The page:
Kevin Smith (of CFI-Canada) contributes to an Ask the Experts piece on Should parents allow children to believe in Santa Claus?
It’s a short stretch of a child’s imagination to blur the legends of Santa and the Christian god. They have much in common.
That’s why allowing for a belief in the magic of Santa Claus is one of the greatest gifts a parent can give their little ones at Christmas. While it may seem irrational to perpetuate a myth about a jolly old man who slides down chimneys delivering gifts, it encourages a child’s development in critical thinking.
Unless the adults block it!
Well I suppose I didn’t go on believing in Santa Claus until I was 17 or anything. But the blocking still annoyed me. It seemed like breaking an implied agreement – you don’t lie to the child when the child asks a serious question.
It’s funny in a way though, because I can’t for the life of me remember ever really believing in god. I remember tv shows from early childhood, but not early childhood mental pictures of god. Maybe tv got in the way of god – which is why idolatry is supposed to be a bad thing, isn’t it: the image or statue gets between you and the…fantasy.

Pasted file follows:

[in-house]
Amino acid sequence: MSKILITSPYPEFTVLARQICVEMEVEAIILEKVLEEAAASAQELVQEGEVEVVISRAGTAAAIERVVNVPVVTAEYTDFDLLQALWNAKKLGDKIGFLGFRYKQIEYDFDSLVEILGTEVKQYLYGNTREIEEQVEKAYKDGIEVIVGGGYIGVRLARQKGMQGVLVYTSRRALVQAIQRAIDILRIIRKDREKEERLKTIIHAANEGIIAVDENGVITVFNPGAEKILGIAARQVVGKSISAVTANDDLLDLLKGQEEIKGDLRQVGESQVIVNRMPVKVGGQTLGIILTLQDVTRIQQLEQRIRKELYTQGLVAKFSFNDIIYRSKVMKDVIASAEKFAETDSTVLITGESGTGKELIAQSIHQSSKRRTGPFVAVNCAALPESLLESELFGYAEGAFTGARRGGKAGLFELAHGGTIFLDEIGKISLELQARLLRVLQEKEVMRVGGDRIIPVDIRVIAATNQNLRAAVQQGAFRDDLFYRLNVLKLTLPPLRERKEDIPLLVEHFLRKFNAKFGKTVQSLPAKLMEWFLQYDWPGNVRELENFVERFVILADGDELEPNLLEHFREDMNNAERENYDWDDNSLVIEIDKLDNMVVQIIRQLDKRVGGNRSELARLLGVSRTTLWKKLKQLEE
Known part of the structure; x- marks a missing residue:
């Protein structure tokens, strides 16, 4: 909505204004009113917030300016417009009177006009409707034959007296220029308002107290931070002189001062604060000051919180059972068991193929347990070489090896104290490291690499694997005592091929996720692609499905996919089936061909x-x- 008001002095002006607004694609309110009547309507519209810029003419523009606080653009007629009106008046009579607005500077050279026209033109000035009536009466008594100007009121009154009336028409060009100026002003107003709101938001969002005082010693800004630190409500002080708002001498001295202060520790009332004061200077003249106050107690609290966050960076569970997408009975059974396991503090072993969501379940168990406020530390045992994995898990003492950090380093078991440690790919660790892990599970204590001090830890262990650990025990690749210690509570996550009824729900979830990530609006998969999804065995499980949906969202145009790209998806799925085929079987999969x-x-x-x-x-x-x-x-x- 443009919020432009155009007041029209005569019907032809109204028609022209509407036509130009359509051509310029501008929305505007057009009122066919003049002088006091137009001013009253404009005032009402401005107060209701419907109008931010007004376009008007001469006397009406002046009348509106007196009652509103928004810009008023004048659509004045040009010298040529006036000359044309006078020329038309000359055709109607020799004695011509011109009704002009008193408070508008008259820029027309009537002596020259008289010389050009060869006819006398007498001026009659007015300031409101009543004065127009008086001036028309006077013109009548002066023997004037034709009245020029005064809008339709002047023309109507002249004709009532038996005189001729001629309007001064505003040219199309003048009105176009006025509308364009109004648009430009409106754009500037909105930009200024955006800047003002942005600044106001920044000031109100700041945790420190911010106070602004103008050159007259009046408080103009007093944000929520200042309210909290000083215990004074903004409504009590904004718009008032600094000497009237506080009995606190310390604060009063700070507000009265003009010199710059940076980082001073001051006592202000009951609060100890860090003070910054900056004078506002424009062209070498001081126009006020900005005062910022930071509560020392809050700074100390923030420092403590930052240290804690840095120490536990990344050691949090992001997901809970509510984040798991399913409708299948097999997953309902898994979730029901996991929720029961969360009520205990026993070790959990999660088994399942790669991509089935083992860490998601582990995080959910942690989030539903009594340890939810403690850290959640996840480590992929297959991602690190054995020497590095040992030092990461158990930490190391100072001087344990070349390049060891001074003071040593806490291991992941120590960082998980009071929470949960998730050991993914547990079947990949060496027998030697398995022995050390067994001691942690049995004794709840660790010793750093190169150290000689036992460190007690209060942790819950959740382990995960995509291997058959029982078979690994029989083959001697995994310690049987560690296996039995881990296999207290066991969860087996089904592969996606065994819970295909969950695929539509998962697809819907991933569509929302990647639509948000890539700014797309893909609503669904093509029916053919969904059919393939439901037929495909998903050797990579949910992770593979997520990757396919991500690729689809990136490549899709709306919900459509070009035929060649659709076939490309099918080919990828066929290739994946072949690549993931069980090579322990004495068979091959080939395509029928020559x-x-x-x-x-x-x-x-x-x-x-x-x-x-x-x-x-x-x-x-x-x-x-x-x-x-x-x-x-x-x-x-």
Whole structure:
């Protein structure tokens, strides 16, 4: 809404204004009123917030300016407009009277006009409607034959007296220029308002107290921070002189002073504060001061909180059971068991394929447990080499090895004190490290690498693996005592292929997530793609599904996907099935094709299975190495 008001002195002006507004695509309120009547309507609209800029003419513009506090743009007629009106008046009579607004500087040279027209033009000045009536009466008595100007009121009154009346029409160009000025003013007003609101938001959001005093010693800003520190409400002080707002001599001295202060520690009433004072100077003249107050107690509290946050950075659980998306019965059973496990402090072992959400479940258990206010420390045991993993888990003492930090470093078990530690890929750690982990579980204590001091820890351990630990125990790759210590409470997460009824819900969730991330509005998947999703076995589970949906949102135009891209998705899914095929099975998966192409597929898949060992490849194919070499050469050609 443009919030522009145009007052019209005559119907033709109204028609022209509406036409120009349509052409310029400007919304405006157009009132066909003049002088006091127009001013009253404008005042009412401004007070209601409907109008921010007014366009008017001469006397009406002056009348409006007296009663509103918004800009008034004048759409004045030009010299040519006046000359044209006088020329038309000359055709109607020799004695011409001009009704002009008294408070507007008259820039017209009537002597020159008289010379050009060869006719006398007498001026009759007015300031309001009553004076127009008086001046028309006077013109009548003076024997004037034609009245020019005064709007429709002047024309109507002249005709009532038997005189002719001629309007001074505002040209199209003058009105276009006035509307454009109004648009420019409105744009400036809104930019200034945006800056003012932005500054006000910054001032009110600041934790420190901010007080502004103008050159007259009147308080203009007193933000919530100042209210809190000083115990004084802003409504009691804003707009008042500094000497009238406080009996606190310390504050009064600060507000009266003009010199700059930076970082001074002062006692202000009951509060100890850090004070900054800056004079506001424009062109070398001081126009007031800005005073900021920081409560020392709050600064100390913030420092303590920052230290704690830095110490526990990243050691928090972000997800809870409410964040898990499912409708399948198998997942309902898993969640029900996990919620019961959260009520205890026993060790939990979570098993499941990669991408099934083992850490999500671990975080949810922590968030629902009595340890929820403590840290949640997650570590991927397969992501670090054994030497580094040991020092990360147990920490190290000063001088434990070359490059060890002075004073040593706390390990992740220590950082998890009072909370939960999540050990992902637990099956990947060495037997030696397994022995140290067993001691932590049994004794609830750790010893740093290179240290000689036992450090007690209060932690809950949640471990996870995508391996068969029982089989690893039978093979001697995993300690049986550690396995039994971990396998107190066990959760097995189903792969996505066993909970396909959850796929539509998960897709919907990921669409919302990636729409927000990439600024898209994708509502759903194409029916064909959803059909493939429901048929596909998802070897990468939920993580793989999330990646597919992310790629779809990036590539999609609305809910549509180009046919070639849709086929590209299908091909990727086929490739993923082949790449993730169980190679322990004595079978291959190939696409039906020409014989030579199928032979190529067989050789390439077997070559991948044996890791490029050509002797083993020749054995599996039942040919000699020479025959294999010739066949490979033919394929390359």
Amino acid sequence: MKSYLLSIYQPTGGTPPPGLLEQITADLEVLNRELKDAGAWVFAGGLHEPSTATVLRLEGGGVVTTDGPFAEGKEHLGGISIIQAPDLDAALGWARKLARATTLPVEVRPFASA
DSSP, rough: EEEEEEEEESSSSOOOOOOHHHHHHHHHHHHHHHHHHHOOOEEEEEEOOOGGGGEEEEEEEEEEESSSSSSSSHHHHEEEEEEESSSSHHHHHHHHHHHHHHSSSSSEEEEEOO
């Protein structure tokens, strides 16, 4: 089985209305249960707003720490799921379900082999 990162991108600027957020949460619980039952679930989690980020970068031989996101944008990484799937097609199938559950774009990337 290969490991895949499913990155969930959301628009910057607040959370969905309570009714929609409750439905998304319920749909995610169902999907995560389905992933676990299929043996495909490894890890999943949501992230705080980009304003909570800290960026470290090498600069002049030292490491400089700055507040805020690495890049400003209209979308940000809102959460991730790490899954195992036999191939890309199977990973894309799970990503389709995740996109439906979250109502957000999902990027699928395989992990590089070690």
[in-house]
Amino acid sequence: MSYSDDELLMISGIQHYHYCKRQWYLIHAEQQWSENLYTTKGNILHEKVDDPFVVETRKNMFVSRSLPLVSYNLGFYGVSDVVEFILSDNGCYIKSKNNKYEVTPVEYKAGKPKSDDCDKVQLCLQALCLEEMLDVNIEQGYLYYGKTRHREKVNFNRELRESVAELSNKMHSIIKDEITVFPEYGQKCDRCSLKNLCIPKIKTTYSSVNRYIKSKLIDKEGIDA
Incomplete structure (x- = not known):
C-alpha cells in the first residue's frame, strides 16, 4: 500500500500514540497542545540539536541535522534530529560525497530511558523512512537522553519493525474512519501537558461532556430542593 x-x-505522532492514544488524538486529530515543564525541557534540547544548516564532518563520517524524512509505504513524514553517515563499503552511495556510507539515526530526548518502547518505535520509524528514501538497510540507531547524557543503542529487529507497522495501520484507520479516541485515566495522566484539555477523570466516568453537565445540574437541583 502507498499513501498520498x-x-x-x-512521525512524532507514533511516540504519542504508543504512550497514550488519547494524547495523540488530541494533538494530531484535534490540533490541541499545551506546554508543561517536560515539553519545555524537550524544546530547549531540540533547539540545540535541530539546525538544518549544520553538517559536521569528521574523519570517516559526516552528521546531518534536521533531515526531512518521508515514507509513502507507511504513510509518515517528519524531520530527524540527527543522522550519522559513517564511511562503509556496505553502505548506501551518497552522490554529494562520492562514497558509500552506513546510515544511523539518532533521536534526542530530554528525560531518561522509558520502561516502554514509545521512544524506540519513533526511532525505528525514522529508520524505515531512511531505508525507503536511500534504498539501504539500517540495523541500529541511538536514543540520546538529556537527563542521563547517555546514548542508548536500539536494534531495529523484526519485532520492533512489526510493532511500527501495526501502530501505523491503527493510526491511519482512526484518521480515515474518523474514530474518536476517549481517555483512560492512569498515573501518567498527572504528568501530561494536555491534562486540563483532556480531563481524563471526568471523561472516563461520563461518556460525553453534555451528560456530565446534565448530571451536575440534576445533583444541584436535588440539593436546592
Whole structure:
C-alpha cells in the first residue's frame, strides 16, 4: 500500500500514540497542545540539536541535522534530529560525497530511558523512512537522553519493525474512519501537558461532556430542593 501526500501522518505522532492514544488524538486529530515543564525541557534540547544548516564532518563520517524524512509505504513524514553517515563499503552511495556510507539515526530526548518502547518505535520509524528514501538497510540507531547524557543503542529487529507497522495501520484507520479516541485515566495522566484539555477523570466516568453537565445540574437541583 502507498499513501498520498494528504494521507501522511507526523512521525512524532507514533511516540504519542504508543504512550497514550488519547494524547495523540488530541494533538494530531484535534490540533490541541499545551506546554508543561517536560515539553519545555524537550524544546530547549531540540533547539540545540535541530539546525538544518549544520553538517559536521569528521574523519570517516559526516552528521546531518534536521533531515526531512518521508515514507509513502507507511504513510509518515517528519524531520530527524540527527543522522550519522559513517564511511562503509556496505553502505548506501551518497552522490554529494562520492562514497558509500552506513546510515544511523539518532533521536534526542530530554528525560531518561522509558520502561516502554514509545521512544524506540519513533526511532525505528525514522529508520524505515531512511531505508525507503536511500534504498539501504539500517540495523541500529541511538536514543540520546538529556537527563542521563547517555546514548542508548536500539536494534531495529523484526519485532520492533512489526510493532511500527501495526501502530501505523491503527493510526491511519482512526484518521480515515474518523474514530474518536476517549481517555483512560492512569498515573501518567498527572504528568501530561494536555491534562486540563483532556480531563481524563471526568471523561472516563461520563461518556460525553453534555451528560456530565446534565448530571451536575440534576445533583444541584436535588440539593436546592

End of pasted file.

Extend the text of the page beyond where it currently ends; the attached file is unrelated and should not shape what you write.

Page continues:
Santa Claus awakened my skeptical mind. After the age of eight, I began to question how it was possible for a sleigh to carry so many presents, and why did he use the same wrapping paper as my parents?
The gift of Santa comes with a due-date. It promotes a critical assessment of the world; teaching us to seek evidence rather than accepting something on faith. Why this doesn’t extend to other supernatural super-heroes is beyond my belief.
Exactly. I argued in the other direction – I was in the back seat of the car on summer vacation, age about 5 or 6. Santa Claus is real, I told myself sagely, so maybe god could be real. You see where that would have led in a few years.